I have to be careful about Achilles Tendonitis. Some people call it Achilles Heel.
In 2006 I walked around the local Girl Scout camp all weekend in mud boots. Without a support lining! High arches and too much weight turned a bonding experience with my daughter and her troop into a long painful education about a tendon called Achilles. What is Achilles Tendonitis? If you’ve never heard of it, you probably haven’t had a problem with it. The Achilles Tendon connects the calf muscles to the bone on the heel. The “itis” part means chronically inflamed. It can be painful, at least that has been my experience.
During that year, it got pretty bad, to the point I didn’t want to stand up and walk across the room. When I would first wake up, it hurt. During the night, it would stiffen. Even now during sleep my toes tend to relax and point out, so when I step out of bed, my heel lands on the floor, stretching the tendon and pulling it. I gained a lot of weight that year and ended up going to a sports doctor, who sent me to physical therapy. That helped quite a bit. Twelve sessions of various exercises and treatments got me moving again.
Then, about a year later when I was consulting my family doctor for a sinus infection, he noticed I was limping. So, he sent me to another round of therapy, which greatly improved it. Five years later, Achilles Tendonitis started coming back again. I got myself to a Sport Chiropractic doctor who treated it before things got bad and gave me a series of exercises to do consistently at home, which has really helped.
What causes Achilles Tendonitis?
For me, it’s a combination of things. Some things I can do to improve the situation. Other things I’m stuck with.
- Too much weight – Having to carry around extra pounds makes it hard on all my joints, tendons and ligaments. I guess that is no surprise to anyone.
- High arches – Can’t change genetics.
- Tight calves – Bouncing on my toes tends to tighten my calf muscle. It’s like I can almost feel it tighten with each up and down. My calf muscle gets tight which in turn pulls too hard on my tendon. I avoid the bouncing step moves in Zumba and don’t do a regular jump rope jumping where you take off from your toes and land again on toes. I tend to take off and land on one foot at a time instead of both toes each time.
I prefer prevention to treatment. Strengthening my ankles in particular, really seems to help. Conditioning helps the little muscles in my feet.
What works for me to combat my Achilles Tendonitis?
I do a variety of things to keep it at bay. I do other things when I have a flair up. This is what works for me:
- Balance exercise – I start by standing on one foot on the floor. Then swing my leg. Progress to a pillow. Without my shoe. Then a stability cushion. And a bosu ball. I stand next to a chair or wall to catch myself. Building strength in those little muscles in my feet has made a huge difference. It also has helped me not to take a spill on the ice during the winter and helps me catch myself when one of our cats affectionately tries its very best to trip me in the morning!
- Massage – a good sports massage helps to attack that one calf muscle that still tends to get too tight. I also do a self massage with a tennis ball or lacrosse ball and a roller on the calf muscle which helps to release the tightness and not lead to that constant pull on my Achilles.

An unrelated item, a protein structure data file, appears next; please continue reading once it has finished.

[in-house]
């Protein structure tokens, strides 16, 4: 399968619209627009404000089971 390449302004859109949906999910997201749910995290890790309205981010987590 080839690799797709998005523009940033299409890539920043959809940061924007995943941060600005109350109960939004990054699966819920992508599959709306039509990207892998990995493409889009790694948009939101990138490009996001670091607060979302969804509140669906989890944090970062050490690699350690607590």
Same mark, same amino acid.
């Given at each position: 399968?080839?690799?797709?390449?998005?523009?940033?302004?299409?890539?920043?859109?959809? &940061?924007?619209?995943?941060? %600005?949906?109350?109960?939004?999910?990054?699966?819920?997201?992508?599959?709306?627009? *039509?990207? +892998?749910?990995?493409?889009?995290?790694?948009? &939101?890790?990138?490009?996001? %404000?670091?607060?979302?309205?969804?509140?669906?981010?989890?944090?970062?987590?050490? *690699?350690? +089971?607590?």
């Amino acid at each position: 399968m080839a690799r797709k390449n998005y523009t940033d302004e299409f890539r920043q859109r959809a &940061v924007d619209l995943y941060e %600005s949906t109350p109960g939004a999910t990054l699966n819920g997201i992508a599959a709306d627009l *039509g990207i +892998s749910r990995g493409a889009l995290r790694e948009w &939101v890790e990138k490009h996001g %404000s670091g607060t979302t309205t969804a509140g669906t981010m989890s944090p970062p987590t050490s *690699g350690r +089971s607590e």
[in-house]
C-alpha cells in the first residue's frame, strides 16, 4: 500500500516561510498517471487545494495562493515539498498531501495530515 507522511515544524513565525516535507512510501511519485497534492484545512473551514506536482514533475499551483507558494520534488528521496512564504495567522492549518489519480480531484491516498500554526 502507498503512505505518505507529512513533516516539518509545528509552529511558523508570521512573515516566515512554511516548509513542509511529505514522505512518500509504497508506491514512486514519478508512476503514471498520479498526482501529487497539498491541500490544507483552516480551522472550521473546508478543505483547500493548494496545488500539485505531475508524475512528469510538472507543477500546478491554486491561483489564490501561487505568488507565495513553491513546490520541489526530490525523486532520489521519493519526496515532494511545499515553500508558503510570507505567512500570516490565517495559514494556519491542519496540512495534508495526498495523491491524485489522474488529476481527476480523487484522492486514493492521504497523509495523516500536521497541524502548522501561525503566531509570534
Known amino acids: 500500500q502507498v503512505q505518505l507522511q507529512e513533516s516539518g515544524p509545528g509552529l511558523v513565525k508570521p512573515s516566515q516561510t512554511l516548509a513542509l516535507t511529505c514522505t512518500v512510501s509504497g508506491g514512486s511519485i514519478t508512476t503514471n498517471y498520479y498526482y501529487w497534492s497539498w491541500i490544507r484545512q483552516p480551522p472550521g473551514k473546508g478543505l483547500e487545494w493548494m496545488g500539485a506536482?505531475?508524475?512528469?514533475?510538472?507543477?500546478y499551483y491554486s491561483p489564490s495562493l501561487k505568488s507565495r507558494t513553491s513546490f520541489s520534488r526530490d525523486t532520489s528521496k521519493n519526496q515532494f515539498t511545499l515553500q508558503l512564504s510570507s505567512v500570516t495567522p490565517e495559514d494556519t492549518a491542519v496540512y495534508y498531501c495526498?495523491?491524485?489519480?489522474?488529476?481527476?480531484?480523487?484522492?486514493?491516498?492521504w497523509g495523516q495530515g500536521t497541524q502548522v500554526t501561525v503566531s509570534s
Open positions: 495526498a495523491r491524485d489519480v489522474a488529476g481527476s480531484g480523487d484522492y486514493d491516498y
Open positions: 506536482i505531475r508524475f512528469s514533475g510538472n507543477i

- Stretching – After a workout when my body is limber, I slowly lower my heels while standing on a step, and then raise back up to lower again (only when my Achilles tendon is healthy, not when it is sore and swollen.) There is an old Swedish study which followed two groups. The group that did this exercise improved. The other group not so much.
- Physical Therapy – when it gets bad, I’ll go to my doctor and have had a series of things: ultrasound, Graston technique (painful but works) and an inflatable massaging boot. Plus exercises to do at home.
- Strengthening – I’ve found that consistent strength and conditioning – my ankles, my glutes and my core – really seems to improve my luck with my Achilles tendon. I like to use the stability cushion; it helps to strengthen my ankles.
- Shoes – I use inserts in most of my shoes, especially the mud boots. I have a pair of expensive insoles designed for ski boots always in my mud boots. I use SuperFeet insoles in my running shoes. I do NOT wear flip flops because there is zero support and the chance of tripping and pulling tendon/muscle/ligament etc. is huge with flip flops and me. I buy good supporting shoes over cute shoes. And I am very picky about sandals.
- Warm Up – before doing anything, especially running, walking, hiking, working out in general, I try to do a dynamic warm up of mild stretching to get some blood flowing to the calves and massage my tendons.
- Ice/heat – after a long run, I put a bag of frozen peas under my tendon and prop my leg up. Just for a short time. Then I move my ankle around, and alternate ice with a warm rice bag. The idea of the ice is to reduce swelling. The warm rice bag helps with blood flow.
- Tape – (update) I’ve had some success with using kinesiology tape and have tried different patterns around my ankle.
I use a variety of tools including the foam roller, pillow, stability cushion, bosu ball, lacrosse ball/tennis ball and stair steps with a railing. These tools are all part of my on-going effort to strengthen the tendons and ligaments.
How about you? Do you deal with Achilles issues? Have a suggestion on how to strengthen, stretch or otherwise manage this tendon? Please let me know by leaving a message below in the comments!
Disclaimer: I am not a doctor or an expert on Achilles Tendonitis. I am just sharing my experiences with treating it and avoiding it. Consult your doctor or physical therapist.